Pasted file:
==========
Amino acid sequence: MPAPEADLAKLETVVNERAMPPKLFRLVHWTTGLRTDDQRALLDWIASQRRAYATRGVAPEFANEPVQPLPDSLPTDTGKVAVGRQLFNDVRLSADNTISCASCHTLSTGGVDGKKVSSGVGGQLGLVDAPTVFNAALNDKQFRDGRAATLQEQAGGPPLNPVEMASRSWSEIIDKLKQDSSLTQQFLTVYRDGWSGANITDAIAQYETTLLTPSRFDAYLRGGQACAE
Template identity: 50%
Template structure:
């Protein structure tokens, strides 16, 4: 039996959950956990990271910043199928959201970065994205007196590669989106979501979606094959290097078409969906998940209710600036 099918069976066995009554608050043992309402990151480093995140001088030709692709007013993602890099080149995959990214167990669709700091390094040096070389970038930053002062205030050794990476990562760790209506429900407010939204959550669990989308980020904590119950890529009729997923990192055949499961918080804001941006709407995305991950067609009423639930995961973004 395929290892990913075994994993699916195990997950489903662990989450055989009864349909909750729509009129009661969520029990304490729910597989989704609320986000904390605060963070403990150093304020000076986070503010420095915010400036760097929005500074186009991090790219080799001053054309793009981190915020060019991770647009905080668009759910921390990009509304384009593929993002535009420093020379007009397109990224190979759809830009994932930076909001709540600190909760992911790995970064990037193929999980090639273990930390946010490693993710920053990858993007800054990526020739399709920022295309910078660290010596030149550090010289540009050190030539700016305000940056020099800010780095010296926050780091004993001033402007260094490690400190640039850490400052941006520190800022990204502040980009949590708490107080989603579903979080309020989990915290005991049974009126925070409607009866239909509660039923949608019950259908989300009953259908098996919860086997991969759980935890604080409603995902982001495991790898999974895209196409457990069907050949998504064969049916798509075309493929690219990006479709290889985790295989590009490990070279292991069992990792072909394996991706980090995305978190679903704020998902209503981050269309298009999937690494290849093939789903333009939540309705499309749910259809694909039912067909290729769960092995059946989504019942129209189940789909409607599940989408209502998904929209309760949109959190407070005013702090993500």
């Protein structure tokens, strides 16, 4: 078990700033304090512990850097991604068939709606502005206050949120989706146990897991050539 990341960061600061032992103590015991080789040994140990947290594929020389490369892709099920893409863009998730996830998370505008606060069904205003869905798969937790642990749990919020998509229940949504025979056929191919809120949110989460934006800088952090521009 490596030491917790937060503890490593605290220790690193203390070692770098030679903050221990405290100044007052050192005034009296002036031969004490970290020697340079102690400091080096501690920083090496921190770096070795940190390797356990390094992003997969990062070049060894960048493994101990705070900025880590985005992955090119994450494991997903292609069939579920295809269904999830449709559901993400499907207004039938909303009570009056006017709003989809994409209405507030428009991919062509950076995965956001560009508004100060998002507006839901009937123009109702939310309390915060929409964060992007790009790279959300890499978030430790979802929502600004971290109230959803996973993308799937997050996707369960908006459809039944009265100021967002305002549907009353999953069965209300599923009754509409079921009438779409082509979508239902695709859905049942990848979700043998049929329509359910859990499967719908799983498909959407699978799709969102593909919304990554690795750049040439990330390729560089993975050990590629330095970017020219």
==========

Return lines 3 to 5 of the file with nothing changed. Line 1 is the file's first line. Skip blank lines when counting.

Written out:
Template structure:
């Protein structure tokens, strides 16, 4: 039996959950956990990271910043199928959201970065994205007196590669989106979501979606094959290097078409969906998940209710600036 099918069976066995009554608050043992309402990151480093995140001088030709692709007013993602890099080149995959990214167990669709700091390094040096070389970038930053002062205030050794990476990562760790209506429900407010939204959550669990989308980020904590119950890529009729997923990192055949499961918080804001941006709407995305991950067609009423639930995961973004 395929290892990913075994994993699916195990997950489903662990989450055989009864349909909750729509009129009661969520029990304490729910597989989704609320986000904390605060963070403990150093304020000076986070503010420095915010400036760097929005500074186009991090790219080799001053054309793009981190915020060019991770647009905080668009759910921390990009509304384009593929993002535009420093020379007009397109990224190979759809830009994932930076909001709540600190909760992911790995970064990037193929999980090639273990930390946010490693993710920053990858993007800054990526020739399709920022295309910078660290010596030149550090010289540009050190030539700016305000940056020099800010780095010296926050780091004993001033402007260094490690400190640039850490400052941006520190800022990204502040980009949590708490107080989603579903979080309020989990915290005991049974009126925070409607009866239909509660039923949608019950259908989300009953259908098996919860086997991969759980935890604080409603995902982001495991790898999974895209196409457990069907050949998504064969049916798509075309493929690219990006479709290889985790295989590009490990070279292991069992990792072909394996991706980090995305978190679903704020998902209503981050269309298009999937690494290849093939789903333009939540309705499309749910259809694909039912067909290729769960092995059946989504019942129209189940789909409607599940989408209502998904929209309760949109959190407070005013702090993500």
């Protein structure tokens, strides 16, 4: 078990700033304090512990850097991604068939709606502005206050949120989706146990897991050539 990341960061600061032992103590015991080789040994140990947290594929020389490369892709099920893409863009998730996830998370505008606060069904205003869905798969937790642990749990919020998509229940949504025979056929191919809120949110989460934006800088952090521009 490596030491917790937060503890490593605290220790690193203390070692770098030679903050221990405290100044007052050192005034009296002036031969004490970290020697340079102690400091080096501690920083090496921190770096070795940190390797356990390094992003997969990062070049060894960048493994101990705070900025880590985005992955090119994450494991997903292609069939579920295809269904999830449709559901993400499907207004039938909303009570009056006017709003989809994409209405507030428009991919062509950076995965956001560009508004100060998002507006839901009937123009109702939310309390915060929409964060992007790009790279959300890499978030430790979802929502600004971290109230959803996973993308799937997050996707369960908006459809039944009265100021967002305002549907009353999953069965209300599923009754509409079921009438779409082509979508239902695709859905049942990848979700043998049929329509359910859990499967719908799983498909959407699978799709969102593909919304990554690795750049040439990330390729560089993975050990590629330095970017020219």